- 1,280 x 800 pixel IPS screen
- 1GB RAM
- 16GB storage
- 1.2GHz dual-core TI processor
- Android 3.2 Honeycomb
One criticism of the 10in Toshiba Thrive was that it was chunkier than the most glamorous Android tablets. It had a full HDMI port, sure, but at 15mm thick it wasn’t exactly slim. Realising this flaw, Toshiba has gone the other way with the Excite X10. It is, according to Toshiba, the slimmest 10in tablet there is. At 7.7mm thick, it’s a full 1.1mm thinner than the iPad 2. It’s preposterously light too, at 558g.
Being able to create such a light tab is partly down to the hybrid construction of magnesium and plastic – as well as glass for the capacitive touchscreen layer. The problem with using magnesium is that it feels just like plastic, lacking the cool touch of some other metals.
When matched with the slightly odd ribbed design of the Excite X10’s sides, we think Toshiba hasn’t created the most desirable tablet yet here. The brushed metal finish of the back is attractive enough, but it simply doesn’t feel quite as luxurious in-hand as Apple’s iPad 2.
The brushed magnesium alloy finish
However, build quality is very good – just because magnesium doesn’t quite feel high-end, doesn’t mean it isn’t – and connectivity is well above average. Along its edges you’ll find a microHDMI socket, a microUSB, a microSD card slot and a proprietary docking socket. A trio of micro connections may not command masses of space, but fitting them all into a 7.7mm frame is nevertheless impressive.
The big win for the tablet here is the memory card slot – high-end Android devices like the Samsung Galaxy Tab 10.1 are starting too lop-off expandable memory, and it’s a trend we don’t like.
Under the tough Gorilla Glass screen layer sits a 10.1in 1,280 x 800 pixel IPS display. This uses the same RGB sub-pixel layout as all of our favourite top-end tablets, including the iPad 2. As ever with this screen type, colours are vivid, viewing angles excellent and contrast levels very good.
The IPS display, close-up
The two downsides at this point are that the glass top layer is highly reflective and that much-sharper 1080p Android tablets have already been unveiled, including Asus’s Eee Pad Transformer Prime HD and Acer’s Iconia A700. To appear a top-drawer tablet, the Toshiba Excite X10 should really have launched six months ago.
Performance during our hands-on session was up there with the best, though. Other than its slimness, an interesting feature of the Excite X10 is that it doesn’t use the Tegra 2 1GHz processor used in most other Honeycomb tabs. Instead, it has a 1.2GHz dual-core Texas Instruments OMAP processor.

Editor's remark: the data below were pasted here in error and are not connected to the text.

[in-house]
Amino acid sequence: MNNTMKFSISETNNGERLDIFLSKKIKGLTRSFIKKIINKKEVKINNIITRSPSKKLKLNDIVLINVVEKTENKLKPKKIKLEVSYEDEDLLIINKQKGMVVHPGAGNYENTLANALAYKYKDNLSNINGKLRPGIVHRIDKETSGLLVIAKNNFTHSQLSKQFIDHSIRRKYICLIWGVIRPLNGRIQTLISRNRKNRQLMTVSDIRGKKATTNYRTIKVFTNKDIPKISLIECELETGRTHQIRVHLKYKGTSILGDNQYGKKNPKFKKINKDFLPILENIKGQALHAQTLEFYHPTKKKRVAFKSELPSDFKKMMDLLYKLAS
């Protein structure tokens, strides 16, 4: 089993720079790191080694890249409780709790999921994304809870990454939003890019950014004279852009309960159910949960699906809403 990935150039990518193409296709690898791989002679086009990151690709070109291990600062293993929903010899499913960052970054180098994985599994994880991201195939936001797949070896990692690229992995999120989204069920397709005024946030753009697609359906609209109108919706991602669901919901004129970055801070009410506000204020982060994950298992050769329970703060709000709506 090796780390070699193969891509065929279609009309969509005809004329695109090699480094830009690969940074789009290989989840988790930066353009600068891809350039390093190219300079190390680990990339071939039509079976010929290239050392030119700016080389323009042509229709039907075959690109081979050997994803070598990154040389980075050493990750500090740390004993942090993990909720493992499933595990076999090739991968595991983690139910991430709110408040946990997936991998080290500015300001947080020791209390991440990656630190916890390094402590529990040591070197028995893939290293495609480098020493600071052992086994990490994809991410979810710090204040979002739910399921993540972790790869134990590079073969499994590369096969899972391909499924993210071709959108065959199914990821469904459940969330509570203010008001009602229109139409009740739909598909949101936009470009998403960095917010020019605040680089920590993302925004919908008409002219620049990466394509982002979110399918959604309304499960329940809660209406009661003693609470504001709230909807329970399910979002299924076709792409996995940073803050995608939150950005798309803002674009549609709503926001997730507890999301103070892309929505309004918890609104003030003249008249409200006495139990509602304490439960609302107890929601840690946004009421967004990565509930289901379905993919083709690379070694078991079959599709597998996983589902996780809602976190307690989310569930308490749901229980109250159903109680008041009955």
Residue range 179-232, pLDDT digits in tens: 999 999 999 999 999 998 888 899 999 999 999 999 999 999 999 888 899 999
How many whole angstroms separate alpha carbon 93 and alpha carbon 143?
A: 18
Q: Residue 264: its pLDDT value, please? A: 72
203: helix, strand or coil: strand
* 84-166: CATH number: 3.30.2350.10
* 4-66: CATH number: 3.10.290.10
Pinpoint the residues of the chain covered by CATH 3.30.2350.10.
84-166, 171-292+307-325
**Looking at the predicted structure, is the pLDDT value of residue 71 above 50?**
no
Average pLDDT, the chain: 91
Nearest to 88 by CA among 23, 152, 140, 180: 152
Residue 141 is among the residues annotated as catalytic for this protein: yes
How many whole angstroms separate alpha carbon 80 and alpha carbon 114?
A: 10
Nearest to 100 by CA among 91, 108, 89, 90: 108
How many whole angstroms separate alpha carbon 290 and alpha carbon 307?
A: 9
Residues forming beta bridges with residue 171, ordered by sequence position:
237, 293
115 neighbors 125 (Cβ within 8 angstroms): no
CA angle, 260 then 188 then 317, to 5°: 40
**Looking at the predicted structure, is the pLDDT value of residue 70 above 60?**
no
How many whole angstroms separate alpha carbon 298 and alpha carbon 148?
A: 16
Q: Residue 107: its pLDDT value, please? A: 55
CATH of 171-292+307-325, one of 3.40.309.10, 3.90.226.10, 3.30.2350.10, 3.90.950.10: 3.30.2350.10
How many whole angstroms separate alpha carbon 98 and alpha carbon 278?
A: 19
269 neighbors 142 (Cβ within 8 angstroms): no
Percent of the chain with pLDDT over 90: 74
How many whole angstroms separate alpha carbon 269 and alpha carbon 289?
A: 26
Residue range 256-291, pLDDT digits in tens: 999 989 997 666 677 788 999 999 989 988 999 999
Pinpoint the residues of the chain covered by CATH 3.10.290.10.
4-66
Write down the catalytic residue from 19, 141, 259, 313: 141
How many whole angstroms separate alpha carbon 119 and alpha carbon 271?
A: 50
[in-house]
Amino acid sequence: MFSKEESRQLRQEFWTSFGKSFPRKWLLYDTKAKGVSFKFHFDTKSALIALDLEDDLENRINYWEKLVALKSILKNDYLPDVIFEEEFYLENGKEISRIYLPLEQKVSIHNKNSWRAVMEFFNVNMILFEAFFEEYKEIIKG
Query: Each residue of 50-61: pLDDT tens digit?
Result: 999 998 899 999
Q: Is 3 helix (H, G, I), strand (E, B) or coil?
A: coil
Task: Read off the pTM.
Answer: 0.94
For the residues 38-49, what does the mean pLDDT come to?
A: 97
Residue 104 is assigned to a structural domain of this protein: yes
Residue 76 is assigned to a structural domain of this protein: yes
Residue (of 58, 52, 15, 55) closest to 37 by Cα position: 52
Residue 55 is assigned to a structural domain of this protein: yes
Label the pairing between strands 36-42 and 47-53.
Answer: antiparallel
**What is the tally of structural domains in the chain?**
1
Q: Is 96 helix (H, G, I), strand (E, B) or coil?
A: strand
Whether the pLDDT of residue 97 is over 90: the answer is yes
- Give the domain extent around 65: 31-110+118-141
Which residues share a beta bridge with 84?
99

Google has worked closely with Texas Instruments to get the processors working more happily on Ice Cream Sandwich than they do on Honeycomb – good news for the Excite X10 – but we found the 3.2 software currently on the tab ran perfectly. Virtually no lag whatsoever.
We’ll have to wait until we get out review unit to see whether this performance carries over to 3D games and high bit-rate video playback. Using the same PowerVR SGX540 GPU as brand-new Android devices like the Samsung Galaxy Nexus, we can’t imagine it’ll have any problems.
Cameras aren’t something we can test easily in a brief hands-on test, but the Toshiba Excite X10 comes up with the goods here too. There’s a 5-megapixel sensor on the back with an LED flash alongside, and 2-megapixel user-facing snapper. We’ll report back on whether they’re any good in our full review.
Toshiba’s Excite X10 remedies many of the problems of its predecessor the, Thrive 10, but we’re not convinced it has what it takes to succeed when the majority of Android tablets struggle commercially. Performance is good, build quality is decent and it’s light, but claims of superlative thinness ring hollow when other tabs are already painfully slim and the magnesium alloy finish doesn’t have that premium metallic feel some buyers are after.
How we test tablets
We test every tablet we review thoroughly. We use industry standard tests to compare features properly and we use the tablet as our main device over the review period. We’ll always tell you what we find and we never, ever, accept money to review a product.